Money defined.



Money is defined by its purpose.  Money acts as a unit of account (it can be counted), a medium of exchange (it is accepted in trade for goods and services), and a store of value (what it will trade for stays stable).  Nothing says that money must be backed by a sovereign promise like the paper currencies we think of as “real” money today (US Dollar, British Pound, Japanese Yen and so forth).  Gold for example has been accepted as money for much longer than any paper currency.  It can be counted (measured in troy ounces), is accepted in trade, and has held its purchasing power over the centuries (albeit with significant cycles).  That is what makes the fascination with cryptocurrencies today so interesting.  A cryptocurrency is a digital asset designed to work like money and uses cryptography (coding) to control the creation of units and track transactions.  As of July 2017 there are over 900 cryptocurrencies with first and largest being Bitcoin and others like Ethereum getting attention now and again.  Like gold, there is no government backing with these securities.  Mimicking precious metals, the intent is for a cryptocurrency to have a finite supply.  However, like paper money, there is no physical limit to the supply.  Instead there is only the governance of the system (relying upon the concept that distrustful counterparties will keep others honest) to regulate its integrity.

It is not surprising that a currency designed to be outside the traditional system brings concern to government policy makers.  Monetary policy makers influence economic outcomes by pulling levers related to the supply and cost of money.  Without those controls, they lose influence.  The reaction of governments to cryptocurrencies has varied.  Some governments like China prohibit its use.  The United States declared it property (not a currency) and therefore it in part legitimized cryptocurrency as a legal asset and also subjected it to capital gains taxation.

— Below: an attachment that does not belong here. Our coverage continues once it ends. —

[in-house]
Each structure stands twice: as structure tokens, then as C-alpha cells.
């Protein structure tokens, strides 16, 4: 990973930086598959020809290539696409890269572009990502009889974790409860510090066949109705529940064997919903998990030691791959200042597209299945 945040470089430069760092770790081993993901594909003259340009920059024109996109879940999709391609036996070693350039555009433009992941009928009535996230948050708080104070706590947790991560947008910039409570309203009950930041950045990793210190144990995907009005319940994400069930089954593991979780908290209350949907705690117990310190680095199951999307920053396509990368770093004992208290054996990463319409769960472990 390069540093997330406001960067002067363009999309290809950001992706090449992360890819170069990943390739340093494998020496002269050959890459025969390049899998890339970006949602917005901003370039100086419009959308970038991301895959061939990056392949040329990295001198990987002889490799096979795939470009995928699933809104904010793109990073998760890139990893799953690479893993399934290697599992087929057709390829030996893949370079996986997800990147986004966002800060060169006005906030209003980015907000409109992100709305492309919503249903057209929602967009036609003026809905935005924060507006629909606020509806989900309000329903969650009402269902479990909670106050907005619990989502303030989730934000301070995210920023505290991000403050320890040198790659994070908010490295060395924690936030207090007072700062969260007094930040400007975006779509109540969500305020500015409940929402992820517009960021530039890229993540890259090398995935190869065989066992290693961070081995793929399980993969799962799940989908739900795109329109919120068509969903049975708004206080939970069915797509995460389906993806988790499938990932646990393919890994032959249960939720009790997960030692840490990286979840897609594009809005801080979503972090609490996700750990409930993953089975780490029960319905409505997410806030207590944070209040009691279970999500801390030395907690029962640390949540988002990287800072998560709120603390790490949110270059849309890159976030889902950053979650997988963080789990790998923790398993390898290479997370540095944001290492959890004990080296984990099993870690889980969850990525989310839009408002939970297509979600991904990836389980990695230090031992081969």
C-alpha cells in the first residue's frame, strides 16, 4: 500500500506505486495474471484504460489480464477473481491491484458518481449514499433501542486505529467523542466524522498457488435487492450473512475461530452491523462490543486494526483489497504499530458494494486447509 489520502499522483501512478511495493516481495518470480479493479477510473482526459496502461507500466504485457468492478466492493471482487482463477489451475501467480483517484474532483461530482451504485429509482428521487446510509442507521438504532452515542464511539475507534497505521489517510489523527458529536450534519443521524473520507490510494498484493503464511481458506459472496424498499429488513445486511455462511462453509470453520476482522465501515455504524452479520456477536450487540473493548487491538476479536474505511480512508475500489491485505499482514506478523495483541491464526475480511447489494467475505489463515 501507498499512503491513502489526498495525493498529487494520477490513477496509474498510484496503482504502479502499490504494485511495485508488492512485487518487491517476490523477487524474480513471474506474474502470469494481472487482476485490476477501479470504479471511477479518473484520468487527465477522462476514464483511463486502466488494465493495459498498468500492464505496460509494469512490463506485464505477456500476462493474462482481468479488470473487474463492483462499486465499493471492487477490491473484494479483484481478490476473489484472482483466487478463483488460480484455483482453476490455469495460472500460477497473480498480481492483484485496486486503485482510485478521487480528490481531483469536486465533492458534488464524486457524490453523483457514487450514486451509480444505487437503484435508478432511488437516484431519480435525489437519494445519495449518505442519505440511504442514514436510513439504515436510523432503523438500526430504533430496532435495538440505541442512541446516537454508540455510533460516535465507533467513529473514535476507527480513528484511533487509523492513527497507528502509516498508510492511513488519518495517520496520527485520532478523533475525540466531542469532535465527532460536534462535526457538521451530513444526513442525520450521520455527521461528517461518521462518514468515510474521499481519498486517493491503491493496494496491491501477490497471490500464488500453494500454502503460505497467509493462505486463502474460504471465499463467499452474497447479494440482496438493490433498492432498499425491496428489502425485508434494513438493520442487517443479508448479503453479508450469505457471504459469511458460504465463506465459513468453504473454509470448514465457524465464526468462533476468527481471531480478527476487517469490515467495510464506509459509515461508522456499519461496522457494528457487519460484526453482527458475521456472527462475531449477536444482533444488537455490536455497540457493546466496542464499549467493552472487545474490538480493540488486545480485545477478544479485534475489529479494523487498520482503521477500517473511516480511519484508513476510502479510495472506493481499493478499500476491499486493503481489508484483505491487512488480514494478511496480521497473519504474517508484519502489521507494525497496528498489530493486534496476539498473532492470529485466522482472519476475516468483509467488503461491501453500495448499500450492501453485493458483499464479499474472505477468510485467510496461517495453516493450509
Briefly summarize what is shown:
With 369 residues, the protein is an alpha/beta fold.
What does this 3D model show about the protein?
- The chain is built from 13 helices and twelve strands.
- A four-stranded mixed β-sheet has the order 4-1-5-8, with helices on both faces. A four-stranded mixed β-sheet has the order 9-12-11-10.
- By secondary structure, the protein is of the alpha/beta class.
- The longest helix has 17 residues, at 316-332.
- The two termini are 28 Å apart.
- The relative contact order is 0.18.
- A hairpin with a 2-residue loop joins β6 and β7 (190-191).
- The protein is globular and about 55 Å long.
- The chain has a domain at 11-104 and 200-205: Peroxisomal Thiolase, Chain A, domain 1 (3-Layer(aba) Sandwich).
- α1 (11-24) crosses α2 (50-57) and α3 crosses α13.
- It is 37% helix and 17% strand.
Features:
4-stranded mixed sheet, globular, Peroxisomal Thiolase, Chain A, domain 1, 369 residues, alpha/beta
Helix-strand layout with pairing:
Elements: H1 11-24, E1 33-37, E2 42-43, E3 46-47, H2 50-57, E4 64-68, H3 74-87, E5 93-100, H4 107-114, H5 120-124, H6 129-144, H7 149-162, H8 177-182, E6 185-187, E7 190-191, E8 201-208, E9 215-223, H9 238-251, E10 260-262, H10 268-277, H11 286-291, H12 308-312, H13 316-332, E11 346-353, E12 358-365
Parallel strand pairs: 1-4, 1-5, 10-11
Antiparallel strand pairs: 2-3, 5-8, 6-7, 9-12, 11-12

The topic continues to capture headlines as reported values have exploded.  Bitcoin reached a recent all-time intra-day high just over $4,500 up well over seven times the price just one year ago at $580.  The price chart is parabolic.  That’s conservative next to Ethereum which is up over twenty seven times its price one year ago despite experiencing an almost 60% drop intra-year from its all-time high.  It is hard to describe these eye-popping price changes (up and down) as stable and thus meeting the store of value of test.  That is not to say that major market currencies don’t experience substantive change over time – they do.  However, the relative change in exchange rates naturally affects the balance of trade between countries/currency blocs which causes the scale to tip back and, over longer periods, balance out.  Since cryptocurrencies are by definition outside national borders it is hard to imagine how the economic counterbalance will work.  There is also the question of whether these recently developed concepts will capture the minds of people long enough for sufficiently broad acceptance to be a measurable currency in use for global trade (i.e. truly be a medium of exchange).  In the end, perhaps money is only defined by what people believe it to be.